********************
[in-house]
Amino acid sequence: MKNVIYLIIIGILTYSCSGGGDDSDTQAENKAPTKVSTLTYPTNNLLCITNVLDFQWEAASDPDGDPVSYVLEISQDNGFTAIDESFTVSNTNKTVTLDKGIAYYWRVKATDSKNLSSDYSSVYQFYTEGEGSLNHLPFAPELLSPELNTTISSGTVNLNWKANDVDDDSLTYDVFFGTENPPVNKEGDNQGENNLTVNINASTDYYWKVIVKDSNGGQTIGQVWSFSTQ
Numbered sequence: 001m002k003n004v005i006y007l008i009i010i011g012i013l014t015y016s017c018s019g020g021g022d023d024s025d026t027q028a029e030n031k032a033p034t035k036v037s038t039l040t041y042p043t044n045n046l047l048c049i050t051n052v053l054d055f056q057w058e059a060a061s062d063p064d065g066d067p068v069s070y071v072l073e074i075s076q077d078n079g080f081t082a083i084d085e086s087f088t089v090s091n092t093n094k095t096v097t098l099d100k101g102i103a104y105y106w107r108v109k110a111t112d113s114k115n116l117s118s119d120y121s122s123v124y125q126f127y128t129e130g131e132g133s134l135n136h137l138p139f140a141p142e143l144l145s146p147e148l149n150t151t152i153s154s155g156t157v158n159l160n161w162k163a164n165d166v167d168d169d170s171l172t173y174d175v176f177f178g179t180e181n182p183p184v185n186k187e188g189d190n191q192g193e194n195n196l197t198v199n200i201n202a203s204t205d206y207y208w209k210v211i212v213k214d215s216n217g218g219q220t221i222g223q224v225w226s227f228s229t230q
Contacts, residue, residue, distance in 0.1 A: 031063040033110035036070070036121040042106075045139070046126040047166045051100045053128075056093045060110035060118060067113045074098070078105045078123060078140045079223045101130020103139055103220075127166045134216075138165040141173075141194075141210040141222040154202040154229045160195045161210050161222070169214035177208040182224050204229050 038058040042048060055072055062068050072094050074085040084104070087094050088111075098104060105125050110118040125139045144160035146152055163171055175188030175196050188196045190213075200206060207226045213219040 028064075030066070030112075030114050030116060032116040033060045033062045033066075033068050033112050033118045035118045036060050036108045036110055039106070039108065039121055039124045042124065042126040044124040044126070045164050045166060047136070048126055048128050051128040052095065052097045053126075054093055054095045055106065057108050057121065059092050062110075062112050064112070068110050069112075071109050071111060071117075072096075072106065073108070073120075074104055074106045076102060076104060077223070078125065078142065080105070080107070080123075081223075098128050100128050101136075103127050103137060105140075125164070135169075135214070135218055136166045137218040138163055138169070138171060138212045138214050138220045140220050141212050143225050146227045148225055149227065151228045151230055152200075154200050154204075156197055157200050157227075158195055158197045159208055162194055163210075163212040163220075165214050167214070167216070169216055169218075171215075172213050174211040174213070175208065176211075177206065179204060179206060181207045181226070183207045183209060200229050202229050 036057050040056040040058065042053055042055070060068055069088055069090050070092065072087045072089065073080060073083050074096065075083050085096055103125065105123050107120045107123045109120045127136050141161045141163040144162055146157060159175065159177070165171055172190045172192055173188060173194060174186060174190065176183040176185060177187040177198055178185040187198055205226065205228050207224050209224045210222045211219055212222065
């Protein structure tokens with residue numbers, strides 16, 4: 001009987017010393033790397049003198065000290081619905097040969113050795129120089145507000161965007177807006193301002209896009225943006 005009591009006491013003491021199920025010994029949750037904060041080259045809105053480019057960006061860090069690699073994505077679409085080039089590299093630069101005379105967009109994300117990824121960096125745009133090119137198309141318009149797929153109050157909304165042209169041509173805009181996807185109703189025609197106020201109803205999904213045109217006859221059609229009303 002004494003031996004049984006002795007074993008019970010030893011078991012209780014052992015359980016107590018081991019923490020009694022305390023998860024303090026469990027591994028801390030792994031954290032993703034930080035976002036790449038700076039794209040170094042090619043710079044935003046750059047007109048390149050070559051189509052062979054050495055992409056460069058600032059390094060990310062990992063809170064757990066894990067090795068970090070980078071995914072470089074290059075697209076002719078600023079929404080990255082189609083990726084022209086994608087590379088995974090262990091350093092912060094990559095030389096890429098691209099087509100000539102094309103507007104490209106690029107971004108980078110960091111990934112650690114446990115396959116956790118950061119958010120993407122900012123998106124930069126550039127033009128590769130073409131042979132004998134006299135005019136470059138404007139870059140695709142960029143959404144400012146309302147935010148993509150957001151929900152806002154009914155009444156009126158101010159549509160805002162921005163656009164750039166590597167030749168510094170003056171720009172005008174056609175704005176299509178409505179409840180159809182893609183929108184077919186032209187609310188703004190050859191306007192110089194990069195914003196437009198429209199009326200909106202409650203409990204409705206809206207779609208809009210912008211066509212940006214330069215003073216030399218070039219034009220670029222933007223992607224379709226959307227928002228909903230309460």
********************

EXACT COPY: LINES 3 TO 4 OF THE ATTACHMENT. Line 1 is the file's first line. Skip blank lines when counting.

Numbered sequence: 001m002k003n004v005i006y007l008i009i010i011g012i013l014t015y016s017c018s019g020g021g022d023d024s025d026t027q028a029e030n031k032a033p034t035k036v037s038t039l040t041y042p043t044n045n046l047l048c049i050t051n052v053l054d055f056q057w058e059a060a061s062d063p064d065g066d067p068v069s070y071v072l073e074i075s076q077d078n079g080f081t082a083i084d085e086s087f088t089v090s091n092t093n094k095t096v097t098l099d100k101g102i103a104y105y106w107r108v109k110a111t112d113s114k115n116l117s118s119d120y121s122s123v124y125q126f127y128t129e130g131e132g133s134l135n136h137l138p139f140a141p142e143l144l145s146p147e148l149n150t151t152i153s154s155g156t157v158n159l160n161w162k163a164n165d166v167d168d169d170s171l172t173y174d175v176f177f178g179t180e181n182p183p184v185n186k187e188g189d190n191q192g193e194n195n196l197t198v199n200i201n202a203s204t205d206y207y208w209k210v211i212v213k214d215s216n217g218g219q220t221i222g223q224v225w226s227f228s229t230q
Contacts, residue, residue, distance in 0.1 A: 031063040033110035036070070036121040042106075045139070046126040047166045051100045053128075056093045060110035060118060067113045074098070078105045078123060078140045079223045101130020103139055103220075127166045134216075138165040141173075141194075141210040141222040154202040154229045160195045161210050161222070169214035177208040182224050204229050 038058040042048060055072055062068050072094050074085040084104070087094050088111075098104060105125050110118040125139045144160035146152055163171055175188030175196050188196045190213075200206060207226045213219040 028064075030066070030112075030114050030116060032116040033060045033062045033066075033068050033112050033118045035118045036060050036108045036110055039106070039108065039121055039124045042124065042126040044124040044126070045164050045166060047136070048126055048128050051128040052095065052097045053126075054093055054095045055106065057108050057121065059092050062110075062112050064112070068110050069112075071109050071111060071117075072096075072106065073108070073120075074104055074106045076102060076104060077223070078125065078142065080105070080107070080123075081223075098128050100128050101136075103127050103137060105140075125164070135169075135214070135218055136166045137218040138163055138169070138171060138212045138214050138220045140220050141212050143225050146227045148225055149227065151228045151230055152200075154200050154204075156197055157200050157227075158195055158197045159208055162194055163210075163212040163220075165214050167214070167216070169216055169218075171215075172213050174211040174213070175208065176211075177206065179204060179206060181207045181226070183207045183209060200229050202229050 036057050040056040040058065042053055042055070060068055069088055069090050070092065072087045072089065073080060073083050074096065075083050085096055103125065105123050107120045107123045109120045127136050141161045141163040144162055146157060159175065159177070165171055172190045172192055173188060173194060174186060174190065176183040176185060177187040177198055178185040187198055205226065205228050207224050209224045210222045211219055212222065